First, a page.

Monday’s event was the Fifth Annual Military Veterans’ Legislative Day at the Statehouse. Pam Smith, an Army veteran from Indianapolis who served as a dental assistant in Vietnam from 1970 to 1972, has come each year wondering if help was going to be given to vets, whether it be to help them find a job or owning a home.

“I like to talk to legislators and find out what they’re going to do for us. I mean it seems like the government keeps taking away, taking away, taking away and leaving the veterans with nothing,” Smith said. “Some of these people went overseas to Vietnam and come back and can’t get anything.”

Jake Skillett, owner of VonBernd K9 Training Center in Brownsburg, wasn’t enlisted, but was in Iraq training dogs to detect bombs. He said he’d been around veterans for most of his life and could see the problems they face.

“As hard as it was for the Vietnam boys coming home, you can definitely see a huge change in that regards as far as the support,” he said. “As a whole, it’s getting better every day and the support is slowly but surely becoming recognized.”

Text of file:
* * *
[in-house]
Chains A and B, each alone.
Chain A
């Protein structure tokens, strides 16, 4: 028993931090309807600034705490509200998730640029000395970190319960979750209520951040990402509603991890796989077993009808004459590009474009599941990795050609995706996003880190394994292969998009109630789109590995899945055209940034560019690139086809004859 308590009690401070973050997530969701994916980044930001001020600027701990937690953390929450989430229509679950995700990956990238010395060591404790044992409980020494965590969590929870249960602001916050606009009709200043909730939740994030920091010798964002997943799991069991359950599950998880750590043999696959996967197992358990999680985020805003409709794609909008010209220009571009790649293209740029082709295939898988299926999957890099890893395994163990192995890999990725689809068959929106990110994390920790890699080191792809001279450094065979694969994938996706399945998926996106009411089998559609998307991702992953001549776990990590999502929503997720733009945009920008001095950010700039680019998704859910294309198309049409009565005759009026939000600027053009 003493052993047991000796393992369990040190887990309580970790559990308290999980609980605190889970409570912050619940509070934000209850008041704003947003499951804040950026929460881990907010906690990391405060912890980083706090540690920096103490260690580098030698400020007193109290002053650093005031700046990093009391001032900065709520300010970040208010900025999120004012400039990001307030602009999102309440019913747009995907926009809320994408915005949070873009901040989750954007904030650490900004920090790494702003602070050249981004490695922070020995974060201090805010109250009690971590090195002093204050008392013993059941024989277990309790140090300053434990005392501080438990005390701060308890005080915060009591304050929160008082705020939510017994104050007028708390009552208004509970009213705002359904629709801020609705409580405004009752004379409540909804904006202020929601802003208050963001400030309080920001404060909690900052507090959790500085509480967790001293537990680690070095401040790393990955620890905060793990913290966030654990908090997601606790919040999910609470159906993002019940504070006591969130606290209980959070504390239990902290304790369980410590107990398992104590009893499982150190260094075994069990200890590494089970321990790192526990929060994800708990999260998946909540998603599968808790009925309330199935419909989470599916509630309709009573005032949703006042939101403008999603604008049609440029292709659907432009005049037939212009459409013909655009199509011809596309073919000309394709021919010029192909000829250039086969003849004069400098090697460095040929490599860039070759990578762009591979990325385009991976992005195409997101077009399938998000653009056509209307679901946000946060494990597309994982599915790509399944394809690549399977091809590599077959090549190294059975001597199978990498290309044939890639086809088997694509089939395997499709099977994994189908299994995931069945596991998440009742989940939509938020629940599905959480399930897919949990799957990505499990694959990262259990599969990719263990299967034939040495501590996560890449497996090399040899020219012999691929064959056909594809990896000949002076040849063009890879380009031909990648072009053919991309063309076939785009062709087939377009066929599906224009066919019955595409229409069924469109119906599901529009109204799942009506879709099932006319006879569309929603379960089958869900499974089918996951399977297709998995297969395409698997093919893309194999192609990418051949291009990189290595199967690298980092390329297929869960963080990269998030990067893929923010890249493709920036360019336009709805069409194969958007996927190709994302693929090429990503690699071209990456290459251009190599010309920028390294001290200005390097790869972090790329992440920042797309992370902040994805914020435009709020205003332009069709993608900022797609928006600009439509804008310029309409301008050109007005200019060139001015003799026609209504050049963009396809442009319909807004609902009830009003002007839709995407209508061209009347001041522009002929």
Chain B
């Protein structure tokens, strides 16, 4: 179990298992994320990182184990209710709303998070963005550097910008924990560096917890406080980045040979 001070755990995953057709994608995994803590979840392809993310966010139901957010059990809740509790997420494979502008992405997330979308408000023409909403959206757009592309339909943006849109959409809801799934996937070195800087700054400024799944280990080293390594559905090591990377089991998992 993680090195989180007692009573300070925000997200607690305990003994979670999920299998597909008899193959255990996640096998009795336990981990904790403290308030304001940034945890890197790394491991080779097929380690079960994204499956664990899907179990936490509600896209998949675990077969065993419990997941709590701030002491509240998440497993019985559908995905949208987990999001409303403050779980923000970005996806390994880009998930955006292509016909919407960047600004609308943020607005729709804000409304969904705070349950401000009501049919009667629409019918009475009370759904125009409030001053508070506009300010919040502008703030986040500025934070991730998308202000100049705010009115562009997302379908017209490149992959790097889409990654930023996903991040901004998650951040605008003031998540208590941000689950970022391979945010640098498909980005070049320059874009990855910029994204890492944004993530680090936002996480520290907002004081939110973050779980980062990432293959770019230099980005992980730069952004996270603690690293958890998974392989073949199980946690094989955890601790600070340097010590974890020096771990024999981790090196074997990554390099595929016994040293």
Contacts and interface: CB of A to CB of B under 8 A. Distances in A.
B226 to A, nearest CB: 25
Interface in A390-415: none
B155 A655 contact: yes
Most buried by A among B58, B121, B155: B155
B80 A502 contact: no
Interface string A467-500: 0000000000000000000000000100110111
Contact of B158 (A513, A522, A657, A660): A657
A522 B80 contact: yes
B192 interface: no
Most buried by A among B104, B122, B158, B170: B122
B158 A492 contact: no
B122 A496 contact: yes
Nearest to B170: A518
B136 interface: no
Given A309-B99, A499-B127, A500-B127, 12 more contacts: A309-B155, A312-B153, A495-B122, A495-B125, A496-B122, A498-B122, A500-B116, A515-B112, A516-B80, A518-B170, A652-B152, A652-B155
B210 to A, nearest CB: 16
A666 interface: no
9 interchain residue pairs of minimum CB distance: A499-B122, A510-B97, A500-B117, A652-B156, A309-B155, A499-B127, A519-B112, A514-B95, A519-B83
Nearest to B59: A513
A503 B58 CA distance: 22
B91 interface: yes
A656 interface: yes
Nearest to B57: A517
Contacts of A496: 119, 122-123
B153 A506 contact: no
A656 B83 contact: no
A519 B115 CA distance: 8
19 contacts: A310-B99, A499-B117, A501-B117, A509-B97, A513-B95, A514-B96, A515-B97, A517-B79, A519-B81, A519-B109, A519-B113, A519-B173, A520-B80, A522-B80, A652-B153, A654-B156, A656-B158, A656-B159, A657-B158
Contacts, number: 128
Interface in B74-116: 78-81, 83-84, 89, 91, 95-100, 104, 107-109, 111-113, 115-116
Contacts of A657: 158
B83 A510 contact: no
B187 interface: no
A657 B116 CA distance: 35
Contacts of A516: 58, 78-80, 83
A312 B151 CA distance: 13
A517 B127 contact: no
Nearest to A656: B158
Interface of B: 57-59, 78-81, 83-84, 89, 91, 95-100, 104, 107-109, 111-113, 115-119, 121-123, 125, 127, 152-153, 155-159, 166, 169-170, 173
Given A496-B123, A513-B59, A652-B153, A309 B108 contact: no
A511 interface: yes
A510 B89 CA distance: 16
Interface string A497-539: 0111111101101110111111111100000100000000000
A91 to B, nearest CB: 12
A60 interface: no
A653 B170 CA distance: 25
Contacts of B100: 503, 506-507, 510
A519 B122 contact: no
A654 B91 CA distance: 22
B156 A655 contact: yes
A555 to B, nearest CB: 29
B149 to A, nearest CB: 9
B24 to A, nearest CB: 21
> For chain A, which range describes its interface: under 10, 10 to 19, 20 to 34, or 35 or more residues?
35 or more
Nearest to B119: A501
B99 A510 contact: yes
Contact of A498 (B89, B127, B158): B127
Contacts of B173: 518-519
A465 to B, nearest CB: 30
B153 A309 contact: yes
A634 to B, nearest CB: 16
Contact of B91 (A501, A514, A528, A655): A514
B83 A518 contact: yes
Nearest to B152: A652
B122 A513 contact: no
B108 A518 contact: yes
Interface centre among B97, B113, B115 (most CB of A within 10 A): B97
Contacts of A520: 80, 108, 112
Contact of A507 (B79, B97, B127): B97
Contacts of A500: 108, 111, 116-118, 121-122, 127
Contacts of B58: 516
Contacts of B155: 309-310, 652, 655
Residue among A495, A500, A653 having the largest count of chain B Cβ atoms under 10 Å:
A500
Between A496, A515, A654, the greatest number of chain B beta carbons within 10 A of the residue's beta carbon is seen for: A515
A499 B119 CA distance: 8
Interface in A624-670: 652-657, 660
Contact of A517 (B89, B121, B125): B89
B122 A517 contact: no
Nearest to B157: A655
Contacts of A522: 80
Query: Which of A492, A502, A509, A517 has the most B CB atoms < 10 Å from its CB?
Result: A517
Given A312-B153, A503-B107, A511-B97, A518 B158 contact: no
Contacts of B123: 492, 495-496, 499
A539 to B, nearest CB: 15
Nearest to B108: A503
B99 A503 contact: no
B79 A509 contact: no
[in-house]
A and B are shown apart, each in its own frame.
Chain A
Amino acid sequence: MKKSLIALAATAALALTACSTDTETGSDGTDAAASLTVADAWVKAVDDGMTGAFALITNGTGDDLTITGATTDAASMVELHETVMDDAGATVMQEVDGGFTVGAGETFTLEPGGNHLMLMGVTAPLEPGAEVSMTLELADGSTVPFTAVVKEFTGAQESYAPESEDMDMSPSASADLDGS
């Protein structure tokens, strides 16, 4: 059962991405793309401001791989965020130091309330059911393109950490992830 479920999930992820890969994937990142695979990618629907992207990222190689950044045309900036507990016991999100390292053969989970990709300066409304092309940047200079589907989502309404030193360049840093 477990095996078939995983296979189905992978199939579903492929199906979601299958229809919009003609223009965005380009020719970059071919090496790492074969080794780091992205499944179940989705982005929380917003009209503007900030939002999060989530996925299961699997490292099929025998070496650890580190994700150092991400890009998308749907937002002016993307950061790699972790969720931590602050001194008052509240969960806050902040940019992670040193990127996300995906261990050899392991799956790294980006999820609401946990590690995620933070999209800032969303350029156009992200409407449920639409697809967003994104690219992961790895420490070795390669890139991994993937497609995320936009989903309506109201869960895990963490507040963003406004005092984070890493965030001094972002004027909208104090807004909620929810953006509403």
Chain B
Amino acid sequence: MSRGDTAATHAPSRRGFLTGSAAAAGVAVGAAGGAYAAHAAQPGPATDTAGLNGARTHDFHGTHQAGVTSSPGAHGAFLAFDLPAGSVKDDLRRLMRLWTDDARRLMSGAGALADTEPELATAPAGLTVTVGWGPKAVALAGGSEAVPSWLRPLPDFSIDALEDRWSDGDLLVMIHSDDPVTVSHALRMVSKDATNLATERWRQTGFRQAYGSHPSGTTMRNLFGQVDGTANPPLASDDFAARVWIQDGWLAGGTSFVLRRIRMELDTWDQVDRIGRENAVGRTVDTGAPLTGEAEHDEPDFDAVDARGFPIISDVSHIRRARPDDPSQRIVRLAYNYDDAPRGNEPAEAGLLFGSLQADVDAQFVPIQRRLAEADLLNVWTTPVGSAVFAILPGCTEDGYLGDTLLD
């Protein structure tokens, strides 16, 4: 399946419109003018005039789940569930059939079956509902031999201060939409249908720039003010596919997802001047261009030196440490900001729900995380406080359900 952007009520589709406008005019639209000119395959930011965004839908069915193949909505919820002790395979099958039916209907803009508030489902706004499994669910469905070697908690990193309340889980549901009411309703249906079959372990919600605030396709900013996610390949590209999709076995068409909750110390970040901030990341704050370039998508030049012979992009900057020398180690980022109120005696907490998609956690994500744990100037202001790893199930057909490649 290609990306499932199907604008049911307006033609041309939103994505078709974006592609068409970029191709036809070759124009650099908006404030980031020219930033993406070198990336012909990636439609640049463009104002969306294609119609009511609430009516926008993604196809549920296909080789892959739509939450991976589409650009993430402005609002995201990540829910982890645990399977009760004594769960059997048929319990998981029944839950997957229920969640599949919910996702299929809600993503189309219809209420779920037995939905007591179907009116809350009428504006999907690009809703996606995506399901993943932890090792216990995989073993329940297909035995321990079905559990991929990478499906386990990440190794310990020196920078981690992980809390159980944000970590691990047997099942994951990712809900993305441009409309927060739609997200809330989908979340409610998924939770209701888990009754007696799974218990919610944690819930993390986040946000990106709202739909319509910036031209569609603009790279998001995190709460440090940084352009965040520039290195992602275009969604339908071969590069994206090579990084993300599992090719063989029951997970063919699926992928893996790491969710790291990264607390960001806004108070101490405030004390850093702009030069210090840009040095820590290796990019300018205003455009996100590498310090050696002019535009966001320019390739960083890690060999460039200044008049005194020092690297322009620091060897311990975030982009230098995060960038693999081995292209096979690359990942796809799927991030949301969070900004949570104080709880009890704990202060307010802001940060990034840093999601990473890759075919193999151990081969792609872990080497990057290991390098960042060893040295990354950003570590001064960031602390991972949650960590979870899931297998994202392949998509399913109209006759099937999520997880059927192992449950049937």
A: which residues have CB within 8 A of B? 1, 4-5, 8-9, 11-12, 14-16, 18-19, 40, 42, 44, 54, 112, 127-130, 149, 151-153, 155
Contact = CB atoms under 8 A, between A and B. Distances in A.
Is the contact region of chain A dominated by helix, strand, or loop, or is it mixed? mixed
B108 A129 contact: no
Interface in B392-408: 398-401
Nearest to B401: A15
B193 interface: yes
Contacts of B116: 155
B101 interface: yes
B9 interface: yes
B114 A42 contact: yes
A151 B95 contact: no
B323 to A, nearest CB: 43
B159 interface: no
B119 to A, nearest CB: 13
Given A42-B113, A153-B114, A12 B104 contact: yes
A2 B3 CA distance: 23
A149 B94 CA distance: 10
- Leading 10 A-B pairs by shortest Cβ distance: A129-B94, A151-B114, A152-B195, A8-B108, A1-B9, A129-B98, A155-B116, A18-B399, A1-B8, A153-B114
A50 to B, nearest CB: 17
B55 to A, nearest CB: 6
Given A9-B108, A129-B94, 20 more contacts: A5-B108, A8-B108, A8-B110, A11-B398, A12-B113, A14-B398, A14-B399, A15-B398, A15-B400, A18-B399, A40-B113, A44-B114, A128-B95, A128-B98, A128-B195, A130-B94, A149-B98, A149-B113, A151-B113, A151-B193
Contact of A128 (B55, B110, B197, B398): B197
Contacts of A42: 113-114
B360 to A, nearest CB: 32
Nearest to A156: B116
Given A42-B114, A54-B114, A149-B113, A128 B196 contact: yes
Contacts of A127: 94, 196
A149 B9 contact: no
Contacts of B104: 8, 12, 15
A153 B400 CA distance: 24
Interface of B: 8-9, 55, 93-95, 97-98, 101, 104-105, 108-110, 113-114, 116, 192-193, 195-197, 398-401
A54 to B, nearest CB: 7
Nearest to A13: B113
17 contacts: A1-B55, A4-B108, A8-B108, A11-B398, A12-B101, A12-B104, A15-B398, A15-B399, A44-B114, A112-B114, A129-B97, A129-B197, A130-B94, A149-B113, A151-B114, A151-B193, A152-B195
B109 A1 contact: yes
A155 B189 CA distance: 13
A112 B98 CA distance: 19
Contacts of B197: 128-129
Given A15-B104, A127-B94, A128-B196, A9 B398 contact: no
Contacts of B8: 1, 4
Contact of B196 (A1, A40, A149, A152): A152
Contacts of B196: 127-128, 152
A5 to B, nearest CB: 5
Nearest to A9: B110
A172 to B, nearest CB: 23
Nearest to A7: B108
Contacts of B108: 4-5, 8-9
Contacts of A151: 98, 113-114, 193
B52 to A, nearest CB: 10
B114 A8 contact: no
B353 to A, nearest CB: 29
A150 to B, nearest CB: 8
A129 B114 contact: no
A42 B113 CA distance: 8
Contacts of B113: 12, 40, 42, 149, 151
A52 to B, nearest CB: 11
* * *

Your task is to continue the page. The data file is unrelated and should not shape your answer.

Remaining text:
Billman, the VFW state commander, said the government has to do its part to help veterans adjust when they return home.

“Men and women are put in situations that aren’t normal situations for the general public and they deal with them, but some people deal with them in different ways,” Billman said.

He said that while there are “several great bills” filed by lawmakers this session, he and others want to ensure those don’t get forgotten as the legislature deals with other issues.

“Unfortunately sometimes with the government, things can be buried which is what we are trying to avoid as well, so we can make sure our veterans are taking care of,” Billman said.

SOURCE: Hendricks County Flyer